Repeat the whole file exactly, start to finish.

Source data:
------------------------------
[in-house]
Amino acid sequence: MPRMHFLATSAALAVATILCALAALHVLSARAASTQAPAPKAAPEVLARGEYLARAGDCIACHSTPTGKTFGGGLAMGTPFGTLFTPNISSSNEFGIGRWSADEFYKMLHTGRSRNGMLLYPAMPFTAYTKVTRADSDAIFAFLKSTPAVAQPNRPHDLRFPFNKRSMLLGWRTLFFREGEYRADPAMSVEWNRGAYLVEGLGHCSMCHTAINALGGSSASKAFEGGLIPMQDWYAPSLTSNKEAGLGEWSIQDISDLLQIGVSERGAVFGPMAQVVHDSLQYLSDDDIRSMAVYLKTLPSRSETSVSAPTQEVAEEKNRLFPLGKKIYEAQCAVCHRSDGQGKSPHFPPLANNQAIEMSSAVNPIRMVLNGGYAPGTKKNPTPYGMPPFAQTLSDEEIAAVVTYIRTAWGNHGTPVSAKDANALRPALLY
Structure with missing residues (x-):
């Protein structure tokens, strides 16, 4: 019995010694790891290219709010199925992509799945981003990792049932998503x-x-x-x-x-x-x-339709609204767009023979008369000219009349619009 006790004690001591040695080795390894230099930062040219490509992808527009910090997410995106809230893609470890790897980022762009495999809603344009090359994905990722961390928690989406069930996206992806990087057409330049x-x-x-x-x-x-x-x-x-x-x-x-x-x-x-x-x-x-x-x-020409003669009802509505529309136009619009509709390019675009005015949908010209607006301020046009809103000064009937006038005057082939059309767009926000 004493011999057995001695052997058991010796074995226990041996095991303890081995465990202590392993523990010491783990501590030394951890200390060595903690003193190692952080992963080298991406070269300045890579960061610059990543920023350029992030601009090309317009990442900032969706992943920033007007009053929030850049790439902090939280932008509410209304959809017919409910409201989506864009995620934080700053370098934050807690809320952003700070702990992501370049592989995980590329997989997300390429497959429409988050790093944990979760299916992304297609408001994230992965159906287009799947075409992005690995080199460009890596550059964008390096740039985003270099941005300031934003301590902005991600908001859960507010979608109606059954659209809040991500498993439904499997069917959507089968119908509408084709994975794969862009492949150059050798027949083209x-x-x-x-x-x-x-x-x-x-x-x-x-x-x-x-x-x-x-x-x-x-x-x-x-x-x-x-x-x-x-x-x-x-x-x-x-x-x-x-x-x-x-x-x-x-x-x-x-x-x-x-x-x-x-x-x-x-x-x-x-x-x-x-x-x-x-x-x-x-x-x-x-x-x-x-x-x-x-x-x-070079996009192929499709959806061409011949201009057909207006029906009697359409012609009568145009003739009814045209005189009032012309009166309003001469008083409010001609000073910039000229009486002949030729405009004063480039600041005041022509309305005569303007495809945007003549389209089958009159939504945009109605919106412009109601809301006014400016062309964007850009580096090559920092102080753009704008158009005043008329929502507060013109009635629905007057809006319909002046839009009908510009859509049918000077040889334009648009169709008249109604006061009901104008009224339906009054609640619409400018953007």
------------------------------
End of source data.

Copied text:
[in-house]
Amino acid sequence: MPRMHFLATSAALAVATILCALAALHVLSARAASTQAPAPKAAPEVLARGEYLARAGDCIACHSTPTGKTFGGGLAMGTPFGTLFTPNISSSNEFGIGRWSADEFYKMLHTGRSRNGMLLYPAMPFTAYTKVTRADSDAIFAFLKSTPAVAQPNRPHDLRFPFNKRSMLLGWRTLFFREGEYRADPAMSVEWNRGAYLVEGLGHCSMCHTAINALGGSSASKAFEGGLIPMQDWYAPSLTSNKEAGLGEWSIQDISDLLQIGVSERGAVFGPMAQVVHDSLQYLSDDDIRSMAVYLKTLPSRSETSVSAPTQEVAEEKNRLFPLGKKIYEAQCAVCHRSDGQGKSPHFPPLANNQAIEMSSAVNPIRMVLNGGYAPGTKKNPTPYGMPPFAQTLSDEEIAAVVTYIRTAWGNHGTPVSAKDANALRPALLY
Structure with missing residues (x-):
């Protein structure tokens, strides 16, 4: 019995010694790891290219709010199925992509799945981003990792049932998503x-x-x-x-x-x-x-339709609204767009023979008369000219009349619009 006790004690001591040695080795390894230099930062040219490509992808527009910090997410995106809230893609470890790897980022762009495999809603344009090359994905990722961390928690989406069930996206992806990087057409330049x-x-x-x-x-x-x-x-x-x-x-x-x-x-x-x-x-x-x-x-020409003669009802509505529309136009619009509709390019675009005015949908010209607006301020046009809103000064009937006038005057082939059309767009926000 004493011999057995001695052997058991010796074995226990041996095991303890081995465990202590392993523990010491783990501590030394951890200390060595903690003193190692952080992963080298991406070269300045890579960061610059990543920023350029992030601009090309317009990442900032969706992943920033007007009053929030850049790439902090939280932008509410209304959809017919409910409201989506864009995620934080700053370098934050807690809320952003700070702990992501370049592989995980590329997989997300390429497959429409988050790093944990979760299916992304297609408001994230992965159906287009799947075409992005690995080199460009890596550059964008390096740039985003270099941005300031934003301590902005991600908001859960507010979608109606059954659209809040991500498993439904499997069917959507089968119908509408084709994975794969862009492949150059050798027949083209x-x-x-x-x-x-x-x-x-x-x-x-x-x-x-x-x-x-x-x-x-x-x-x-x-x-x-x-x-x-x-x-x-x-x-x-x-x-x-x-x-x-x-x-x-x-x-x-x-x-x-x-x-x-x-x-x-x-x-x-x-x-x-x-x-x-x-x-x-x-x-x-x-x-x-x-x-x-x-x-x-070079996009192929499709959806061409011949201009057909207006029906009697359409012609009568145009003739009814045209005189009032012309009166309003001469008083409010001609000073910039000229009486002949030729405009004063480039600041005041022509309305005569303007495809945007003549389209089958009159939504945009109605919106412009109601809301006014400016062309964007850009580096090559920092102080753009704008158009005043008329929502507060013109009635629905007057809006319909002046839009009908510009859509049918000077040889334009648009169709008249109604006061009901104008009224339906009054609640619409400018953007």